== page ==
It’s hard (but not impossible) to be completely prepared for the super-sharp double-edged sword that is the job interview. Why super-sharp, double-edged sword, you ask? Think about it: are there many events in life that are met with such equal parts glee and fear? All of those mystifying job descriptions, those countless résumés sent off, the cover letters you agonized over for hours, those “underqualifieds” (or possibly even worse “OVERqualifieds”)…you’ve finally broken through all of the obstacles and landed an interview! Hooray! Woo-hoo! FINALLY! So exciting! Or… is it???
We’re here to help you be prepared so you can go in feeling confident, make a great first impression, and maybe even dig up some insider information that will set you apart from those pesky other candidates. See?? It IS exciting!
It’s now time to put all of that application stress behind you, and gear up for the main event: the first-round interview. (You’re happy you got an interview, right? Who wouldn’t be? Wait, no – you’re just terrified! Most likely, you’re happy and you’re terrified…we know, we get it.) Before long, you’ll be sitting in front of someone whose actual job is to judge you, your past experience, and your present capabilities…oh, and what shoes you’re wearing too. Juuuuust fabulous.
First things first…you want to arm yourself with as much information you can about the company, the job, and that seemingly scary person who is waiting to ask you a million questions (and judge your footwear). The more you know, the more it shows! After all, the interviewer most definitely has done his/her research on you, so why not level the playing field a bit?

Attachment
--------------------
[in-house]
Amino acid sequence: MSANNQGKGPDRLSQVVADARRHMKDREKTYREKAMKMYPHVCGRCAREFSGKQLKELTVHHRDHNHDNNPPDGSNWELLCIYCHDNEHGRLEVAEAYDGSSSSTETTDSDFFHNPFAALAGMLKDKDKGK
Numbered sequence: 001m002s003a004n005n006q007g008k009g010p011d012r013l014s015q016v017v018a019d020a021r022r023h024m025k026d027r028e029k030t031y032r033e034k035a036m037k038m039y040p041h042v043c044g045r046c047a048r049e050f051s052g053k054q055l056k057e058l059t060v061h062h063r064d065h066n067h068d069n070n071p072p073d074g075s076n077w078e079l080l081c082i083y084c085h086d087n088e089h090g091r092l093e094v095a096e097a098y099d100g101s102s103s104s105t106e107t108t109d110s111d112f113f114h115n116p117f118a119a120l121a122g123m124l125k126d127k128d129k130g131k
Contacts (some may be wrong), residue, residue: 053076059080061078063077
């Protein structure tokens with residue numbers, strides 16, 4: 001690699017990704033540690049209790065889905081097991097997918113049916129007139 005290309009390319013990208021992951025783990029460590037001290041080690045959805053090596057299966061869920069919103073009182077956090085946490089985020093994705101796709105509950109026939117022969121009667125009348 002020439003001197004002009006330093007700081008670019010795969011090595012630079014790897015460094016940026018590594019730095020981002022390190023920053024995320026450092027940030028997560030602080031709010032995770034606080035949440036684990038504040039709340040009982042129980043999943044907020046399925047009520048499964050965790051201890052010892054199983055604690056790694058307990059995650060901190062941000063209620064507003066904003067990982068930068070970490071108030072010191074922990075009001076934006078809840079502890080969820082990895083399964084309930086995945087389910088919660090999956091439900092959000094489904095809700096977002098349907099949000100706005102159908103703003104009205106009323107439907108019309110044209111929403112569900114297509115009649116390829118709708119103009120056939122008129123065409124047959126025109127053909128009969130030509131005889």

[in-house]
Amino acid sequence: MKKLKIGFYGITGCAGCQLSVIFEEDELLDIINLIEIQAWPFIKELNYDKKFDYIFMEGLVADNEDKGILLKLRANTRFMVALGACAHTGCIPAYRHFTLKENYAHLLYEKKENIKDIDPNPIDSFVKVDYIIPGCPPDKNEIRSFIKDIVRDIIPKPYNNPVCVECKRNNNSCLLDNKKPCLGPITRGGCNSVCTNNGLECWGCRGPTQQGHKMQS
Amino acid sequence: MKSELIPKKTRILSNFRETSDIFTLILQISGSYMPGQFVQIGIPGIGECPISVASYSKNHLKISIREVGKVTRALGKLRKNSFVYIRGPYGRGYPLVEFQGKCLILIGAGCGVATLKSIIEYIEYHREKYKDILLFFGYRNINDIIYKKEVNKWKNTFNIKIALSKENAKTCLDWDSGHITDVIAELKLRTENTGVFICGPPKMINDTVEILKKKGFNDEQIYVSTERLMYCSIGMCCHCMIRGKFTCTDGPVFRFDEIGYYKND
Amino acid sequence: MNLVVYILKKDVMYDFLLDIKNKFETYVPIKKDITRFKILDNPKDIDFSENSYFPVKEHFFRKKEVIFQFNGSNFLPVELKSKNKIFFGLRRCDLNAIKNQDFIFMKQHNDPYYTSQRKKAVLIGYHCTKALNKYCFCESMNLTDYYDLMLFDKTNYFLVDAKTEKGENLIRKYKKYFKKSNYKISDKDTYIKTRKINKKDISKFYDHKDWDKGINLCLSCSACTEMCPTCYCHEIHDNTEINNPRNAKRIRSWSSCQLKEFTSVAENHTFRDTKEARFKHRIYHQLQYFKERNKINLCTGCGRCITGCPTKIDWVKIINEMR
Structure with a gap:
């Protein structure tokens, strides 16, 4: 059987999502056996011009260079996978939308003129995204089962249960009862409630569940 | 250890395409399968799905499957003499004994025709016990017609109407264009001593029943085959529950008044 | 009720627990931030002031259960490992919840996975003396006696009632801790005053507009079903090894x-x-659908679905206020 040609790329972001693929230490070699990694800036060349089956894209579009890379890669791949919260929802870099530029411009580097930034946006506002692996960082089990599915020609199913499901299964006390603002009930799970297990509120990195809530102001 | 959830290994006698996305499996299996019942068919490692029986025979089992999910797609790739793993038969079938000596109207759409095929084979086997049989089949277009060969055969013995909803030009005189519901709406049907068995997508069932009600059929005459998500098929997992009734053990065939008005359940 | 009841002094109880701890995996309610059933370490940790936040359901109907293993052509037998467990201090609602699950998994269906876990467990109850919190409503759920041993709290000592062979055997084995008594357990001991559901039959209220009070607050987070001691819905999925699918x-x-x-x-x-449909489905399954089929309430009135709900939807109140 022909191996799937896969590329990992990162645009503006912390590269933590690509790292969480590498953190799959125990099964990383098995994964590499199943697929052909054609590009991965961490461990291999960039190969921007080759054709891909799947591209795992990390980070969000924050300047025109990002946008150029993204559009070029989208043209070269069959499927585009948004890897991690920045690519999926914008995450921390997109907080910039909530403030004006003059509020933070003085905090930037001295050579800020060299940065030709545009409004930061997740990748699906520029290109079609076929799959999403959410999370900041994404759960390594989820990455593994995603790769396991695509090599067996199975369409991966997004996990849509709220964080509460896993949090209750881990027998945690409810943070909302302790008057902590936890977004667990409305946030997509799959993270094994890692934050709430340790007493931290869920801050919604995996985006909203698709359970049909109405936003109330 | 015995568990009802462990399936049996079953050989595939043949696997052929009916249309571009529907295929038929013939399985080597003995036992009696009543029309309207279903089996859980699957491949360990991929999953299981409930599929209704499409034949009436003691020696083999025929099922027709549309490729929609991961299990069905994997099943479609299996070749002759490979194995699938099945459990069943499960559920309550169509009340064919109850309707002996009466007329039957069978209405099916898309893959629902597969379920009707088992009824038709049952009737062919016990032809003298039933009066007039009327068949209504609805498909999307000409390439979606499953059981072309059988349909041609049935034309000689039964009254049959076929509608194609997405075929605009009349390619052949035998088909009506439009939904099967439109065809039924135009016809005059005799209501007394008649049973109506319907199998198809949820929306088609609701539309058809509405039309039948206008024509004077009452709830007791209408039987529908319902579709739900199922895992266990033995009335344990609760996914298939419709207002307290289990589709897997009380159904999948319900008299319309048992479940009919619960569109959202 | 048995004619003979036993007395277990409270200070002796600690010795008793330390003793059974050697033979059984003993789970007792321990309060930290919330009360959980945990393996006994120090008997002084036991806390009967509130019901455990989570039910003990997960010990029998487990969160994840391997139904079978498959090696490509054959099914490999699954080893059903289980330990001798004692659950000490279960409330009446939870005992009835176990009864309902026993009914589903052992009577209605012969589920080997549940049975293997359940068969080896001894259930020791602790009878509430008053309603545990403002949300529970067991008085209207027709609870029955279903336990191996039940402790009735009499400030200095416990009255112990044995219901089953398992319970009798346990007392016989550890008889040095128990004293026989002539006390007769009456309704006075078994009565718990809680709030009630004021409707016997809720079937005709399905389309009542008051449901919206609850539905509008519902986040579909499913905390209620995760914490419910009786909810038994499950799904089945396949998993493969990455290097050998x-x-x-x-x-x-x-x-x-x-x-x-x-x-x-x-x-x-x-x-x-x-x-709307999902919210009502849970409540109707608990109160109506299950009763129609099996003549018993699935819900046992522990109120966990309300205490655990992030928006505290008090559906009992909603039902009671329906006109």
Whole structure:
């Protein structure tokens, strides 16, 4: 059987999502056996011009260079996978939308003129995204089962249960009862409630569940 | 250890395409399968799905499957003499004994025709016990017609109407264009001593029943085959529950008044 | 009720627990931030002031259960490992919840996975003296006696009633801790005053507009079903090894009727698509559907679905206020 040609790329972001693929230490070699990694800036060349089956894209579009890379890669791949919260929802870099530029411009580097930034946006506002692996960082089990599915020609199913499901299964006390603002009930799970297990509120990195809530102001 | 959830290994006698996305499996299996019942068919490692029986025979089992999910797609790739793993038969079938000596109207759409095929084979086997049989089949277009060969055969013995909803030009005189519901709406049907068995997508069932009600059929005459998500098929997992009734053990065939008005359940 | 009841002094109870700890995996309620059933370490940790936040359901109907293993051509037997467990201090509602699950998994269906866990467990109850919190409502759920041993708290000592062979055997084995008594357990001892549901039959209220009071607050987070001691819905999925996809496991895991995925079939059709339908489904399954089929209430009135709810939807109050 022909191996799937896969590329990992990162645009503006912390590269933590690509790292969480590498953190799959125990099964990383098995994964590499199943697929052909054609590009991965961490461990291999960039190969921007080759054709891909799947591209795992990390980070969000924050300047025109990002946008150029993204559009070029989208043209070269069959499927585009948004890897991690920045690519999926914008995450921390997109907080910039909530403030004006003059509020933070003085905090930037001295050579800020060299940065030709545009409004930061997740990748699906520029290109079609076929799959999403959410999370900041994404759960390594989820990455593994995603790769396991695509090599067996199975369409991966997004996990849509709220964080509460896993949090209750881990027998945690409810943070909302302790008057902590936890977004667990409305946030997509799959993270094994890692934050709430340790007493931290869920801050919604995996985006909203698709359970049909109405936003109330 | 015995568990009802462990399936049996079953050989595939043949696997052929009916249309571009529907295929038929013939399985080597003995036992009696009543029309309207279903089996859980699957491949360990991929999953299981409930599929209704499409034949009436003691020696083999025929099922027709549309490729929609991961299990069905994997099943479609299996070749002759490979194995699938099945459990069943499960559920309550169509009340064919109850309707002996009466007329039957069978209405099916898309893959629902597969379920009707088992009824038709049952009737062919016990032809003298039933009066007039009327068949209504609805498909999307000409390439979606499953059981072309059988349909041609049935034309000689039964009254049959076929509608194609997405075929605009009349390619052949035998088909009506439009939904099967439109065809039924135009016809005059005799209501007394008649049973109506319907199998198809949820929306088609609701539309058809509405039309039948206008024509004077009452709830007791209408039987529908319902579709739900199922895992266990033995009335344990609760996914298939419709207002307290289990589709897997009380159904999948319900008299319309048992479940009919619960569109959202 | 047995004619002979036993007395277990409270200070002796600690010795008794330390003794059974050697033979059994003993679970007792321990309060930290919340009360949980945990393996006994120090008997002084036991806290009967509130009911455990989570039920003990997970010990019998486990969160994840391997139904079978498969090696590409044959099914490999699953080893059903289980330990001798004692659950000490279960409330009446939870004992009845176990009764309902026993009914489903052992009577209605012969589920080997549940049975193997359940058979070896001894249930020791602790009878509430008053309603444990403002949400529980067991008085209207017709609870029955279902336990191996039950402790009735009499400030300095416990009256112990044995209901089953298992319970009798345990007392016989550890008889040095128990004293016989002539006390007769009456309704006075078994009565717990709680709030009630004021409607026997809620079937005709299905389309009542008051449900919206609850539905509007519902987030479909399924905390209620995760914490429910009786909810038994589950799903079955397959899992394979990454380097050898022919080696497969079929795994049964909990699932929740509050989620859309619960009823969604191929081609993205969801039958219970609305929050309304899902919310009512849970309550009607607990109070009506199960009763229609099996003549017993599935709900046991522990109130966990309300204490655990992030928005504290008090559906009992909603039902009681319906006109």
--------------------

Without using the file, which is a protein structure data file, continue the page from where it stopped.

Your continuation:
• Google the company. Find out what it’s all about…their values, their history, what the powers-that-be pride themselves on. Learn about their competitors. Dig for more than what their website offers. You’ll be surprised at how much you can learn by using less traditional research methods.
• Search for your interviewer on LinkedIn. You should already know your interviewer’s name and position in the company, so now it’s time to dig. Not so you can be a stalker, just so you can get a little insight into his/her background and see if there may be any common threads you can easily work in, if the opportunity presents itself (you sly dog, you!). At the very least, it can provide a little heads up as to what type of person (and possibly interview) you’ll be dealing with. Our professional/educational backgrounds are our histories in the business world… they tell a story about where we came from and what we’ve done along the way.
Next, you want to make sure that your résumé and application information are flawless and ready to hand to your interviewer.
• There are thousands of résumé tips out there (some of which we recently highlighted in our little ole’ blog here, so check those out)! Use those tips, and make sure that your résumé is professional, accurate, and a good representation of not only what you’ve done in the past, but how your experience can relate to the current job for which you’re interviewing. Be able to talk about your entire background, not just the most recent job.
• Have several people read over your résumé, for grammatical content at the very least. If you wrote it, 99% of the time it’s going to look correct to you. Have a 2nd and 3rd pair of eyes ready to proofread your résumé!